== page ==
A ban on hedge-cutting will come into effect from March 1st to August 31st.
Section 40 of the Wildlife Act 1976, as amended by Section 46 of the 2000 Amendment Act, prohibits the cutting, grubbing, burning or destruction of vegetation, with certain strict exemptions from the period specified.
The National Parks & Wildlife Service (NPWS) of the Department of Housing Local Government and Housing issued a reminder to the public in a statement on Tuesday, February 23rd.
A spokesperson stressed that “the minister has no discretion to change these dates”.
“There is provision in the legislation for some restricted exemptions from the prohibition during the closed period – e.g. for works undertaken in the ordinary course of agriculture or forestry, for public health and safety reasons, including road safety, the destruction of noxious weeds, for the clearance of vegetation in the course of road and other development works or the development of sites for building works.”
Hedge cutting and the clearance of vegetation is restricted to the 6-month period, from September to February, but there are exceptions.
“It is important to point out that the legislation allows both landowners and public authorities to address hedges for road safety reasons at any time of the year.”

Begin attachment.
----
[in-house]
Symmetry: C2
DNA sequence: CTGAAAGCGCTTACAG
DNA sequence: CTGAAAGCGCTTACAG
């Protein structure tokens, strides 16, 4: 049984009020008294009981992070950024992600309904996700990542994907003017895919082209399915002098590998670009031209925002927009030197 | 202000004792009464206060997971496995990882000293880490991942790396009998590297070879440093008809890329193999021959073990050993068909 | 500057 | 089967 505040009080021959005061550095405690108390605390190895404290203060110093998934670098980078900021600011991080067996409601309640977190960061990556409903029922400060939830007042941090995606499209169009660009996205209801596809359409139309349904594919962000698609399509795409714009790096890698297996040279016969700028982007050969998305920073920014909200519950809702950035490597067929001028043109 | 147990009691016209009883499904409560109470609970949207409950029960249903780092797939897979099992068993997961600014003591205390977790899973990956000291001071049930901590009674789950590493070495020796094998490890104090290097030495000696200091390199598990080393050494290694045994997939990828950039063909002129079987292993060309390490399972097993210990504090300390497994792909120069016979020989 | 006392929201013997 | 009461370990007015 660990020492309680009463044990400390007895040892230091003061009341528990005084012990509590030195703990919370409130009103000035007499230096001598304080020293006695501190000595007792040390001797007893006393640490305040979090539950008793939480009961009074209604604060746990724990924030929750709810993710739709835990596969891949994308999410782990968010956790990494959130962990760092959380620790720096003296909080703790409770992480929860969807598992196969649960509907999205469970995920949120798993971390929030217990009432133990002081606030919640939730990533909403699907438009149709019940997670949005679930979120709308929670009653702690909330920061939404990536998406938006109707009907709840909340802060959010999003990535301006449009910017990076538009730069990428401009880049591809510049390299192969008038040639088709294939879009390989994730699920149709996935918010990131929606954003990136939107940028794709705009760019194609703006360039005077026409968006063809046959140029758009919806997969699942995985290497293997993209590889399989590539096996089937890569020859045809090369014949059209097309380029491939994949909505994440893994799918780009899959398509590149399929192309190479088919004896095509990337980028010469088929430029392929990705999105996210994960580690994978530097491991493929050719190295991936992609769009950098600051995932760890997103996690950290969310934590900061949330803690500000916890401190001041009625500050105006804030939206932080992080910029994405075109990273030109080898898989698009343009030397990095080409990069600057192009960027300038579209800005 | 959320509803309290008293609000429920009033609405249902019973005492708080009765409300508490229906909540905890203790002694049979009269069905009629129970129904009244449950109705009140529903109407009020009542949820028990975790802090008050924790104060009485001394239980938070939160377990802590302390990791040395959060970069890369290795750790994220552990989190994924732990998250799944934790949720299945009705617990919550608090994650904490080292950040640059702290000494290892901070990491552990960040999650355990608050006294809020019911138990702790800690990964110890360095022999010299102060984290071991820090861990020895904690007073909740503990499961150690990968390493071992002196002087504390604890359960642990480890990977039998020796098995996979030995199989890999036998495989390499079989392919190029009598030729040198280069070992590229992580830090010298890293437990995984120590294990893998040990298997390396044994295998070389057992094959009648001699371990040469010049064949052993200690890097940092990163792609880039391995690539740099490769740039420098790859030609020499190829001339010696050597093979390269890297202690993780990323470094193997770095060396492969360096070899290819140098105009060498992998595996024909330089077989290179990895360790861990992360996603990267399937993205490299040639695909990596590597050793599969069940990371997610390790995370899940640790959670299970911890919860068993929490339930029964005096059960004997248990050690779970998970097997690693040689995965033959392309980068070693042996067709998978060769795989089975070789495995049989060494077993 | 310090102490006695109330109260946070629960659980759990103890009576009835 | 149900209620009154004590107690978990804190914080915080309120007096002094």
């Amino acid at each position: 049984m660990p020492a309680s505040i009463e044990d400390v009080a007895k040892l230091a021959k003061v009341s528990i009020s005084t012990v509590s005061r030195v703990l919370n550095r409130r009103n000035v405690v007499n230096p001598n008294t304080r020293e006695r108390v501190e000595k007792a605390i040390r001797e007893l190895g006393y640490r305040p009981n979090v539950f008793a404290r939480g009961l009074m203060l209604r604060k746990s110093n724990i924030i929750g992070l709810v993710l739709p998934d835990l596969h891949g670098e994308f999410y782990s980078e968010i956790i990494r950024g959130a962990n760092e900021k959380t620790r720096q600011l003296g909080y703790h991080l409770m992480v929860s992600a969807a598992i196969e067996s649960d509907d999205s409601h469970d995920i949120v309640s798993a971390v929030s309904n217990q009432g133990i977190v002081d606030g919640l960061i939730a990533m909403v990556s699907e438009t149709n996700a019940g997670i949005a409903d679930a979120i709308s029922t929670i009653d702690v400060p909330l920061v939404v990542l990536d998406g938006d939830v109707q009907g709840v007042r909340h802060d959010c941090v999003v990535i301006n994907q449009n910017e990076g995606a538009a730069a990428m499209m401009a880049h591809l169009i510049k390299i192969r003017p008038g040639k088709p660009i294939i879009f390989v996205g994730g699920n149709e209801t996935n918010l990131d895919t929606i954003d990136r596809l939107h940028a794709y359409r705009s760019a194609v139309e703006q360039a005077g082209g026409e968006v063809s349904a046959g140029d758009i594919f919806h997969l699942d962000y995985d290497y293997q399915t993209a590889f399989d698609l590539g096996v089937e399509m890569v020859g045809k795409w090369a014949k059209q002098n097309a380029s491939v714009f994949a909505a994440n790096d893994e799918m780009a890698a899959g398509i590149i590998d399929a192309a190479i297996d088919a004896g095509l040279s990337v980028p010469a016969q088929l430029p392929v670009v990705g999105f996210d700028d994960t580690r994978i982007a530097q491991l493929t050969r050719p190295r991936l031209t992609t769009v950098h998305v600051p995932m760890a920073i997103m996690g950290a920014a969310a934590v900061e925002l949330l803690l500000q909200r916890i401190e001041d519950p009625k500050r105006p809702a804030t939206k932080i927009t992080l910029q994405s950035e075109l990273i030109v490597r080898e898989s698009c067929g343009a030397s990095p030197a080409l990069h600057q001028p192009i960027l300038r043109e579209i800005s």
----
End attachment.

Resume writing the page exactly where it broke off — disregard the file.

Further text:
In Ireland, where there is a relatively low cover of native woodland, hedges are of exceptional importance in providing food and shelter and habitats and corridors for maintaining wildlife diversity, the department stated.
Wrens, dunnocks, robins, thrushes, and willow warblers, as well as many rarer species, depend greatly on hedgerow habitats.
In general, untrimmed, thorned hedgerows containing shrubs such as blackthorn, whitethorn, holly, briars, and brambles are favoured by birds as they provide food, shelter, nesting places and protection from predators during the breeding season.
The news comes following the FCI’s request for the department to grant an extension to the current open working period for the operation of hedge maintenance machinery on farms by 16 days this spring.
The association made the call in response to a “very prolonged” period of heavy rain during the month of January.
In a statement, the association stated that work to be carried out during this proposed extension period until March 17th, 2021, can be restricted solely to flail machines and exclude the use of mulchers and/or saw blades during this proposed extension period.
FCI stated that the weather conditions we have experienced in Ireland this year serve to confirm why the current closed period deadlines are “no longer practical”.